Why is the network needed? We hear you’re the only network of this type in the world?

Recent (2014) research has demonstrated that there is still widespread prejudice and misconception about people who stammer, leading to daily and blatant discrimination by employers and line managers. Equally, there is evidence of people who stammer suffering from internalised oppression and they often fear to disclose their stammer at work for fear of repercussions.

Yes, we’re the only network for employees who stammer – it’s quite exciting and also a wee bit scary. We are making a new path by walking it. We’re keen to learn from those who have started earlier on the journey like LBGT or Dyslexia organisations because as far as communication disabilities are concerned, we’re covering completely new ground.

Who can access the support of the network, and how?

What do you do to engage with your members?

All ESN members can access our services whether or not they stammer – we offer a dedicated website with advice and information, we offer one-to-one interaction for people who stammer looking for a way forward but also for line managers seeking advice on any issue around stammering. We also hold network meetings, are developing opportunities for employees who stammer to meet at social gatherings across employers, develop a set of skills development courses and produce a regular newsletter.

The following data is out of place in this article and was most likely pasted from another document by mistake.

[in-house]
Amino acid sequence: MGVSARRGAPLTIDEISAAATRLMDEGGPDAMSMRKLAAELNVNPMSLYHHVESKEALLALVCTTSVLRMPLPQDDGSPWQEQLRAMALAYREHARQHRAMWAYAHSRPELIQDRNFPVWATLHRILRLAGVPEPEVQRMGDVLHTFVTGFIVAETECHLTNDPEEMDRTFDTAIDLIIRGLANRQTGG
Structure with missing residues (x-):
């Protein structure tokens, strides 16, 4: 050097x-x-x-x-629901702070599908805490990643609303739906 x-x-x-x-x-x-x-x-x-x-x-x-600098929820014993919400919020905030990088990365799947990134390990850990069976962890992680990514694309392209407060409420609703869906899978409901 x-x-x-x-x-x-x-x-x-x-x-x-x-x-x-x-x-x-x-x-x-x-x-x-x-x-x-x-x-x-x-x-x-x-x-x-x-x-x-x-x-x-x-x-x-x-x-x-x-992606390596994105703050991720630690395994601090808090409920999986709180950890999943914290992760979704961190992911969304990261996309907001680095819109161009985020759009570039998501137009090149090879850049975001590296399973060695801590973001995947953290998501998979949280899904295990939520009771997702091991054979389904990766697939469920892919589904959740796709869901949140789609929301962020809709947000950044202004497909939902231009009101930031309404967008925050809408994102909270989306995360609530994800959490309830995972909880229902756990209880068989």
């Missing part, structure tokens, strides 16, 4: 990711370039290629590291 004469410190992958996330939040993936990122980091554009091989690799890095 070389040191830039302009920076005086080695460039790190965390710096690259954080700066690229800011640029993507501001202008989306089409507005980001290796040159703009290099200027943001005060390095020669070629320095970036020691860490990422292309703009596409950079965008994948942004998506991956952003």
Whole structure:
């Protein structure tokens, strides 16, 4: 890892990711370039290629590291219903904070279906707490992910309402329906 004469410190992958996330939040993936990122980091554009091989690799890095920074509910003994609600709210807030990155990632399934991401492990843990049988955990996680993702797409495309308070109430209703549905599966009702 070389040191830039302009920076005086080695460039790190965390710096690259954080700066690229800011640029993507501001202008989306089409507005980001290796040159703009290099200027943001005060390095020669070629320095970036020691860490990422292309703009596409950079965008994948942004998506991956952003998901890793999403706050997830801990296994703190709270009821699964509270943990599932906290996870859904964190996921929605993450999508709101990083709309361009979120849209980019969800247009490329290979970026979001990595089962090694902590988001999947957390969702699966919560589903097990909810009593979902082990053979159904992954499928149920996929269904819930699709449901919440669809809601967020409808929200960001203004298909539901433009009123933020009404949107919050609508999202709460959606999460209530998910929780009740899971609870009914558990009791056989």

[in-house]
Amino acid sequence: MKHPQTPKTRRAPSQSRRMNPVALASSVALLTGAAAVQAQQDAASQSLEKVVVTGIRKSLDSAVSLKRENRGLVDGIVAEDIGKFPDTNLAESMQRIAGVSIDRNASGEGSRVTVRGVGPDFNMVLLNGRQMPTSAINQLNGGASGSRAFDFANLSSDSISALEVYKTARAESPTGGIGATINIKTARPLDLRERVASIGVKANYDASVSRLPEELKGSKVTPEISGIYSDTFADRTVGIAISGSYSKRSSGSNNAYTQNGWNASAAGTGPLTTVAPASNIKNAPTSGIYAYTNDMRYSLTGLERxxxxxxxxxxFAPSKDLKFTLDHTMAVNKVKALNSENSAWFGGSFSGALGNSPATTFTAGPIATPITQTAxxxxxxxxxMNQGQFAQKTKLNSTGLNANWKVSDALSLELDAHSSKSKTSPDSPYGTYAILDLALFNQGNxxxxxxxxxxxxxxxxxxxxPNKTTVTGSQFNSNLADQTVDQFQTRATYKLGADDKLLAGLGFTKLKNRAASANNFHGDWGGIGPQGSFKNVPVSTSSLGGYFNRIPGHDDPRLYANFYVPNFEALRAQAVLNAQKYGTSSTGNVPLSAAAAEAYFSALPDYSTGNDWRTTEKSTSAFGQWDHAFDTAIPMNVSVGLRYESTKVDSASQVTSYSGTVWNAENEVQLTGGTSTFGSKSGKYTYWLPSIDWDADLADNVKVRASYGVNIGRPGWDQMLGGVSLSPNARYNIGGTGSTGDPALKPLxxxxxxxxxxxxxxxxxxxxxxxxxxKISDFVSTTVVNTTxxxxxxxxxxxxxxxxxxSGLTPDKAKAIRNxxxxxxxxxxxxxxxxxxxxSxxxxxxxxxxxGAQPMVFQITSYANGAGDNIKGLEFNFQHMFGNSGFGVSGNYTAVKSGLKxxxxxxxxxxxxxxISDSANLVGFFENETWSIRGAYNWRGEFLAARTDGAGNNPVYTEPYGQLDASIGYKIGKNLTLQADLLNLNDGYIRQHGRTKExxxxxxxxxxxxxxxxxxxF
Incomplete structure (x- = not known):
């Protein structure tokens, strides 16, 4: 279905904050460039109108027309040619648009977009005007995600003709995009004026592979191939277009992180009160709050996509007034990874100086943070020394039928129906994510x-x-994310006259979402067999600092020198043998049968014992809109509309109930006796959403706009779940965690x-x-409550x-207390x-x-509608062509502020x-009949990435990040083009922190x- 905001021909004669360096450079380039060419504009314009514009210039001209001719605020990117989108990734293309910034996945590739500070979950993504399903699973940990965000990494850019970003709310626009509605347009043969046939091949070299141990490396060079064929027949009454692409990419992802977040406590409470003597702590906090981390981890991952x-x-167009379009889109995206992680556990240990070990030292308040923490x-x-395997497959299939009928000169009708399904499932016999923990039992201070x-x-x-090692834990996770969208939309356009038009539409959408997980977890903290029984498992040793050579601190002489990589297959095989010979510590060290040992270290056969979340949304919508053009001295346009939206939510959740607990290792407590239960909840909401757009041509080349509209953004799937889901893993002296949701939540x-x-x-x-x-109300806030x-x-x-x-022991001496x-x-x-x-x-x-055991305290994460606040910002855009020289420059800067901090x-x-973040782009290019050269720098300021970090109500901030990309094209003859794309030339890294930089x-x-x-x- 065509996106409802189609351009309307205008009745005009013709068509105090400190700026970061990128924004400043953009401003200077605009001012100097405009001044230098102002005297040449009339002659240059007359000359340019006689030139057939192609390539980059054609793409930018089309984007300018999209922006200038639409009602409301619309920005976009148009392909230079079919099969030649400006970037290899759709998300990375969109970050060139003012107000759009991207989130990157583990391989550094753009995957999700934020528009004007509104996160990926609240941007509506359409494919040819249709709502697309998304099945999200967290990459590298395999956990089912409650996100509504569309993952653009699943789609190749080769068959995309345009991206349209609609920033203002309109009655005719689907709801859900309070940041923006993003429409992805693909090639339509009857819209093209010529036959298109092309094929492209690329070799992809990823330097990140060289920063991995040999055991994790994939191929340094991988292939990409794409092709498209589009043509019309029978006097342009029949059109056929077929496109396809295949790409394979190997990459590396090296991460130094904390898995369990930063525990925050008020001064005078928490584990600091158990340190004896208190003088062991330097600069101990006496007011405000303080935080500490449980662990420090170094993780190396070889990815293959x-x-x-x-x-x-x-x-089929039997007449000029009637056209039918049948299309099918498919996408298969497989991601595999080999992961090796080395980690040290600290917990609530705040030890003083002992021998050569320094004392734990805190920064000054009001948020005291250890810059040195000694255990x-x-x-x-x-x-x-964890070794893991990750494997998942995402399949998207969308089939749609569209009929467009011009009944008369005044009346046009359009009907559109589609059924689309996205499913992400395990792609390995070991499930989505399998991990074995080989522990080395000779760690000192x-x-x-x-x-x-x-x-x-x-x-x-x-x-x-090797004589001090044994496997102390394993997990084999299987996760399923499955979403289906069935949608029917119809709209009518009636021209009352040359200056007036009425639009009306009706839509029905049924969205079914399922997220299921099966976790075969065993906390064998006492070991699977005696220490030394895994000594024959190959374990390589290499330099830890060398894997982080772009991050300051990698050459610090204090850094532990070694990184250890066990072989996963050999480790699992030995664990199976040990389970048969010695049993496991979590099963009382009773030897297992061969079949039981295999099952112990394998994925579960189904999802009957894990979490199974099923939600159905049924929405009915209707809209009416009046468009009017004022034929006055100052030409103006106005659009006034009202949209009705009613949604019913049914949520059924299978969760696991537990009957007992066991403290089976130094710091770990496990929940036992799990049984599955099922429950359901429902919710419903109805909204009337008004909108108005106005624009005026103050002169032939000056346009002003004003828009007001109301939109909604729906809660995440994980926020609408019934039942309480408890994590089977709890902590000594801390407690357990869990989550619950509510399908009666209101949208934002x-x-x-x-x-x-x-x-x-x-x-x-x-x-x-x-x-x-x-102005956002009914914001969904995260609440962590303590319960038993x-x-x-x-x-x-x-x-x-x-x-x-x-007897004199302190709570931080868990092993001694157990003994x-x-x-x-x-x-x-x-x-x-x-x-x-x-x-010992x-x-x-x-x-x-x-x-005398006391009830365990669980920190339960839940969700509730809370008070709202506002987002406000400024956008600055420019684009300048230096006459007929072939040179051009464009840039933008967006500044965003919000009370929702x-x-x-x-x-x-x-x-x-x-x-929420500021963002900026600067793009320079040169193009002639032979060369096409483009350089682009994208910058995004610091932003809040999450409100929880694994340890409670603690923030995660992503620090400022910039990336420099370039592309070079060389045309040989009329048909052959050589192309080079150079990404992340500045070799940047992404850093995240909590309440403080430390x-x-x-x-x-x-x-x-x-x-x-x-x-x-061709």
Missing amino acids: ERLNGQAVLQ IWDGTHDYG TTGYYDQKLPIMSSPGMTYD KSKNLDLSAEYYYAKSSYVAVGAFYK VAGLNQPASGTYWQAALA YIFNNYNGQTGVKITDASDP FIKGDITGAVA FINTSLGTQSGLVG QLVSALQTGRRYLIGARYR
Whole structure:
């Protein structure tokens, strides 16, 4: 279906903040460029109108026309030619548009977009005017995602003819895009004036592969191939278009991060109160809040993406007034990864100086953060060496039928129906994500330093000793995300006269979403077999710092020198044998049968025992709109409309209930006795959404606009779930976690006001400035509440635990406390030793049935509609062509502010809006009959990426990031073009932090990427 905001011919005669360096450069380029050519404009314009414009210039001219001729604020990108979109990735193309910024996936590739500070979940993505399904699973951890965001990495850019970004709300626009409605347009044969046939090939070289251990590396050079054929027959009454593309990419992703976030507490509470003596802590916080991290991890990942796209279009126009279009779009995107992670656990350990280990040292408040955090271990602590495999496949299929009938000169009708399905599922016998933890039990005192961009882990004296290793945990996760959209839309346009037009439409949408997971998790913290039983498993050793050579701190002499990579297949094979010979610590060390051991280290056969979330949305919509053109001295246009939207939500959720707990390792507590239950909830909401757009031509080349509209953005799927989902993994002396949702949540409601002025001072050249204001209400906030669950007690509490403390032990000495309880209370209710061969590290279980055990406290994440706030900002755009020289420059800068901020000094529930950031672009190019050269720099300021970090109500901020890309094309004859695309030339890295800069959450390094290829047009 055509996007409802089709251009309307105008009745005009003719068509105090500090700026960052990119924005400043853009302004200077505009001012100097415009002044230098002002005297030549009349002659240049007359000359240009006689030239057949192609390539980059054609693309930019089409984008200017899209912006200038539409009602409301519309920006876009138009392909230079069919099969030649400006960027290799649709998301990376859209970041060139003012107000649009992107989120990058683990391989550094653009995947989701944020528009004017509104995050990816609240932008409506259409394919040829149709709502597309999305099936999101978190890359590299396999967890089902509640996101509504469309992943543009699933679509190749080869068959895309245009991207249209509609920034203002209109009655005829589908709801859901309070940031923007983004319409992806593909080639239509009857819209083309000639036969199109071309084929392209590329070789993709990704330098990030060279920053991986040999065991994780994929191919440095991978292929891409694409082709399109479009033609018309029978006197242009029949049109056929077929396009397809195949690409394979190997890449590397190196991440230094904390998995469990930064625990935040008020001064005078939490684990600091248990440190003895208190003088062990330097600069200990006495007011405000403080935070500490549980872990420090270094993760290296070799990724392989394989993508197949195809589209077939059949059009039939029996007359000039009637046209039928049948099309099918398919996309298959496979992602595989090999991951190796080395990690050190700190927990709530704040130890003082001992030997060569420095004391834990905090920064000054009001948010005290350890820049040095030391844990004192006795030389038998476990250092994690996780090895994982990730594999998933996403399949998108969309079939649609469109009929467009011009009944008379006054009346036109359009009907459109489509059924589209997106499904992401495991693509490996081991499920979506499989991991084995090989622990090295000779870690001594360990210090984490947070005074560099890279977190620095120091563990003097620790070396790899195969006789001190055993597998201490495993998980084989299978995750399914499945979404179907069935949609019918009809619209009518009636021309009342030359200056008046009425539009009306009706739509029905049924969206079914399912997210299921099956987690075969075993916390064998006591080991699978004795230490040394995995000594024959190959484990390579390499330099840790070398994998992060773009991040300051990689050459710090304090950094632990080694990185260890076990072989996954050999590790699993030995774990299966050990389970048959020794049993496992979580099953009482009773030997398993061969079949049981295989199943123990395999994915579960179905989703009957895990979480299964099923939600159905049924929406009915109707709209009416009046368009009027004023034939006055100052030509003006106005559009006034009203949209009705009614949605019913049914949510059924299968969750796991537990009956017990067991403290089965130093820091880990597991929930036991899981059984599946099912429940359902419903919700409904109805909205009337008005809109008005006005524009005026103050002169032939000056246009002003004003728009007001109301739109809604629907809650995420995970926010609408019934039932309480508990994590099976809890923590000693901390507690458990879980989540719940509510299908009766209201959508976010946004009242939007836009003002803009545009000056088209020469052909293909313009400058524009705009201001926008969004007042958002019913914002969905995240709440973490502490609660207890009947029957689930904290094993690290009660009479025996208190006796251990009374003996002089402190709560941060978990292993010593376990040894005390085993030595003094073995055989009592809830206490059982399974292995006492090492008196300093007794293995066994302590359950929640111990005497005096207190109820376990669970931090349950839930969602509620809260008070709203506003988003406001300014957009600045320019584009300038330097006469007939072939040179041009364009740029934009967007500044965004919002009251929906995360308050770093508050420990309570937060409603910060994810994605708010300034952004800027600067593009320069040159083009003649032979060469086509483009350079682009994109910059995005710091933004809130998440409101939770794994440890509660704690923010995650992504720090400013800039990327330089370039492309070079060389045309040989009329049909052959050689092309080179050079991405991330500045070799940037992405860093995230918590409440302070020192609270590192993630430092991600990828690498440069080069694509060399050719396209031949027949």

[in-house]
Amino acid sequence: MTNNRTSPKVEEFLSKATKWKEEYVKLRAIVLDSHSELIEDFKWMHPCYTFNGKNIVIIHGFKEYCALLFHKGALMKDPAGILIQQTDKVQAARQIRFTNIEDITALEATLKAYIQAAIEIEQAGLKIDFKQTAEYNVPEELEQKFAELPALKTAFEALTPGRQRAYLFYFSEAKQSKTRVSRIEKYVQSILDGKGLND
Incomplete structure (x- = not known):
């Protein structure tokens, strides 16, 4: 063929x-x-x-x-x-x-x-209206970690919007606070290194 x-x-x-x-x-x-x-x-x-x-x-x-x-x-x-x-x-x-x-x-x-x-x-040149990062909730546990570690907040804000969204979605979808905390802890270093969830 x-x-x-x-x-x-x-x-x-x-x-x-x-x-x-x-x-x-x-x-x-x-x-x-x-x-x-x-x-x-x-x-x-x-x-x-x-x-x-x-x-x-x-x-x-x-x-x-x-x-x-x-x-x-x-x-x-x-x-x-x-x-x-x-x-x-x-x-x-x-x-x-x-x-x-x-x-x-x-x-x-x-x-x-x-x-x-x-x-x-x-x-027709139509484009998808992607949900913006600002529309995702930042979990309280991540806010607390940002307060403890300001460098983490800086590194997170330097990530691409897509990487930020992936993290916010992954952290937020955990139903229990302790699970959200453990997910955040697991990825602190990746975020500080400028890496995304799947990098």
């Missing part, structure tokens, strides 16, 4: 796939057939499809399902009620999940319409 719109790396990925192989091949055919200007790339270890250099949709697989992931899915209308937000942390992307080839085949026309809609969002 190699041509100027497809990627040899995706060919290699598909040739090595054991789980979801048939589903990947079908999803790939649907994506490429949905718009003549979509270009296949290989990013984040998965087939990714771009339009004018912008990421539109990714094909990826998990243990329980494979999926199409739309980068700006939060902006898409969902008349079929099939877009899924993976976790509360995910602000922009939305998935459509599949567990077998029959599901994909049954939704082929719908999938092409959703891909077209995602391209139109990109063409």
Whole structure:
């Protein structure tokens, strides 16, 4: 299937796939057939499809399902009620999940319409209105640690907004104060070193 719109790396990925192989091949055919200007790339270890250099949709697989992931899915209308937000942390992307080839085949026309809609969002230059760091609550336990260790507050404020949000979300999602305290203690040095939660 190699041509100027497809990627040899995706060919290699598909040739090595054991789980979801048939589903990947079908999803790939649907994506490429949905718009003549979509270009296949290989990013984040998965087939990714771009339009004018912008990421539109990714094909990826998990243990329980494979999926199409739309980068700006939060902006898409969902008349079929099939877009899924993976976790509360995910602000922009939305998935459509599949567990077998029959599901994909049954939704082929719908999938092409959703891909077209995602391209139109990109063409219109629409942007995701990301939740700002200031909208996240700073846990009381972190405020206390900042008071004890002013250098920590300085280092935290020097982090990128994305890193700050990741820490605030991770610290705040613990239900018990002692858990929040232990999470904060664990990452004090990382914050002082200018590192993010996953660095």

How is the network coordinated and resourced? Do you collaborate/work with any other networks or organisations?

The Network is hosted by the British Stammering Association and as their CEO I have set aside a number of days each week to support it – I am glad to say our members are willing to pay a membership fee. In addition, we receive a significant amount of pro bono support from Co-Chair Iain Wilkie and we draw on the skills of our Ambassador, Leys Geddes who is invaluable in identifying new members. The support of BSA’s patron, Ed Balls remains absolutely crucial.